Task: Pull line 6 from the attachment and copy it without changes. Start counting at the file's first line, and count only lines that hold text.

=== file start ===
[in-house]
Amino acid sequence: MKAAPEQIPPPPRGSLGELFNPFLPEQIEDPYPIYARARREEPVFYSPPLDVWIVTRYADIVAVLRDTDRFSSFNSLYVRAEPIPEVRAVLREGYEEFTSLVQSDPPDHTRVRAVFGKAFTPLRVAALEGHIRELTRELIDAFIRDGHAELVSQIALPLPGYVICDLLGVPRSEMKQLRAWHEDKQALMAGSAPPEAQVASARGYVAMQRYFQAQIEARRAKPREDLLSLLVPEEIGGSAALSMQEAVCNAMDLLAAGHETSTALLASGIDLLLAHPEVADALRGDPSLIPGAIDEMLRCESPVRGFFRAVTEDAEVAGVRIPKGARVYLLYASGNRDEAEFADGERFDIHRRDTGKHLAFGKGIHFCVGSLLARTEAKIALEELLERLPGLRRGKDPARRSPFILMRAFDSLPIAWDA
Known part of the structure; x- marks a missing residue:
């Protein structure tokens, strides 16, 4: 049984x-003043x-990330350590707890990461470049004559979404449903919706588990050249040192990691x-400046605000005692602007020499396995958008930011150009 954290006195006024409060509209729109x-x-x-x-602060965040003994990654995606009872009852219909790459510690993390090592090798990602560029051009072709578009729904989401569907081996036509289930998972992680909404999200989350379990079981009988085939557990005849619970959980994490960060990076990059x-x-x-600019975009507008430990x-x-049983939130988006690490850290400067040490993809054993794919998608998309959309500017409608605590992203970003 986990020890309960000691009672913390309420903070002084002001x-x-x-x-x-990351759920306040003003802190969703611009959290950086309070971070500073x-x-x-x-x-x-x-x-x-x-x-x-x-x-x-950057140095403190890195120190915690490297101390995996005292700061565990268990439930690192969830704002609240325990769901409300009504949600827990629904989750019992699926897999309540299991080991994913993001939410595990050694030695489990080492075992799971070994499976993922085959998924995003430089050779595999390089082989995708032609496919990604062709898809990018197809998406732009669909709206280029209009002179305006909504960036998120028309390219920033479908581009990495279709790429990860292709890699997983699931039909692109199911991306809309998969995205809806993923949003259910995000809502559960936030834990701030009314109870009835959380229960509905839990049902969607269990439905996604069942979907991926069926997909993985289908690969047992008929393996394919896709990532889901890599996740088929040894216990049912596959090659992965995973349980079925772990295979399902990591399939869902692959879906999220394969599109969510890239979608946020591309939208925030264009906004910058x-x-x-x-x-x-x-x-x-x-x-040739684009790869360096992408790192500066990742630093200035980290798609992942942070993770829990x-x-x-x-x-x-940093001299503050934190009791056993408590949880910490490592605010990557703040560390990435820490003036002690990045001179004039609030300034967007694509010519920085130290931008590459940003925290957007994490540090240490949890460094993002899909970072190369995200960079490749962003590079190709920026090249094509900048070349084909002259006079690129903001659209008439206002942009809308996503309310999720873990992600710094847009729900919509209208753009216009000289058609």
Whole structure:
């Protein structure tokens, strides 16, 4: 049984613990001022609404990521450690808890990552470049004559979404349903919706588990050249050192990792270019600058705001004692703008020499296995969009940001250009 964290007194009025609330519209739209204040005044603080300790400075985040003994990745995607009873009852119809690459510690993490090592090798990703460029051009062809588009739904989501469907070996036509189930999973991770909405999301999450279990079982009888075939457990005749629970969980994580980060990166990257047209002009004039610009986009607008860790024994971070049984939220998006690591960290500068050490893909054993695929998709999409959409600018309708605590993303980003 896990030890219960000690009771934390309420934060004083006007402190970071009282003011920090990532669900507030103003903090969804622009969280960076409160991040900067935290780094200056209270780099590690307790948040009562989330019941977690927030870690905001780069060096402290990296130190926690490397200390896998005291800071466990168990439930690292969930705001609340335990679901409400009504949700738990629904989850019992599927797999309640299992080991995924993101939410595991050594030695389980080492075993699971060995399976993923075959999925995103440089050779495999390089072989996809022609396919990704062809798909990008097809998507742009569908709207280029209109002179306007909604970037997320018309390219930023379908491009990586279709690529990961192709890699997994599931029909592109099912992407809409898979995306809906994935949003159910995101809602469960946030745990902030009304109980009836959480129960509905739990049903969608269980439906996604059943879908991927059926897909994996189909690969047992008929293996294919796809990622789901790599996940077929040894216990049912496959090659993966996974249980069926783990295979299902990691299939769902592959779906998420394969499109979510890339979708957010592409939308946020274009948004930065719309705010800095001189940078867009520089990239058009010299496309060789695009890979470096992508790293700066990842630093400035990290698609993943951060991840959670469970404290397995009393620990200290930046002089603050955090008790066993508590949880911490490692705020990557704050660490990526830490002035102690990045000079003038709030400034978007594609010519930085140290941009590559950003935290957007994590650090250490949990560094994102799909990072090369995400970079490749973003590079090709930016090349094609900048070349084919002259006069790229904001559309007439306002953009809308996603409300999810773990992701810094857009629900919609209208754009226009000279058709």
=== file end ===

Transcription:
């Protein structure tokens, strides 16, 4: 049984613990001022609404990521450690808890990552470049004559979404349903919706588990050249050192990792270019600058705001004692703008020499296995969009940001250009 964290007194009025609330519209739209204040005044603080300790400075985040003994990745995607009873009852119809690459510690993490090592090798990703460029051009062809588009739904989501469907070996036509189930999973991770909405999301999450279990079982009888075939457990005749629970969980994580980060990166990257047209002009004039610009986009607008860790024994971070049984939220998006690591960290500068050490893909054993695929998709999409959409600018309708605590993303980003 896990030890219960000690009771934390309420934060004083006007402190970071009282003011920090990532669900507030103003903090969804622009969280960076409160991040900067935290780094200056209270780099590690307790948040009562989330019941977690927030870690905001780069060096402290990296130190926690490397200390896998005291800071466990168990439930690292969930705001609340335990679901409400009504949700738990629904989850019992599927797999309640299992080991995924993101939410595991050594030695389980080492075993699971060995399976993923075959999925995103440089050779495999390089072989996809022609396919990704062809798909990008097809998507742009569908709207280029209109002179306007909604970037997320018309390219930023379908491009990586279709690529990961192709890699997994599931029909592109099912992407809409898979995306809906994935949003159910995101809602469960946030745990902030009304109980009836959480129960509905739990049903969608269980439906996604059943879908991927059926897909994996189909690969047992008929293996294919796809990622789901790599996940077929040894216990049912496959090659993966996974249980069926783990295979299902990691299939769902592959779906998420394969499109979510890339979708957010592409939308946020274009948004930065719309705010800095001189940078867009520089990239058009010299496309060789695009890979470096992508790293700066990842630093400035990290698609993943951060991840959670469970404290397995009393620990200290930046002089603050955090008790066993508590949880911490490692705020990557704050660490990526830490002035102690990045000079003038709030400034978007594609010519930085140290941009590559950003935290957007994590650090250490949990560094994102799909990072090369995400970079490749973003590079090709930016090349094609900048070349084919002259006069790229904001559309007439306002953009809308996603409300999810773990992701810094857009629900919609209208754009226009000279058709």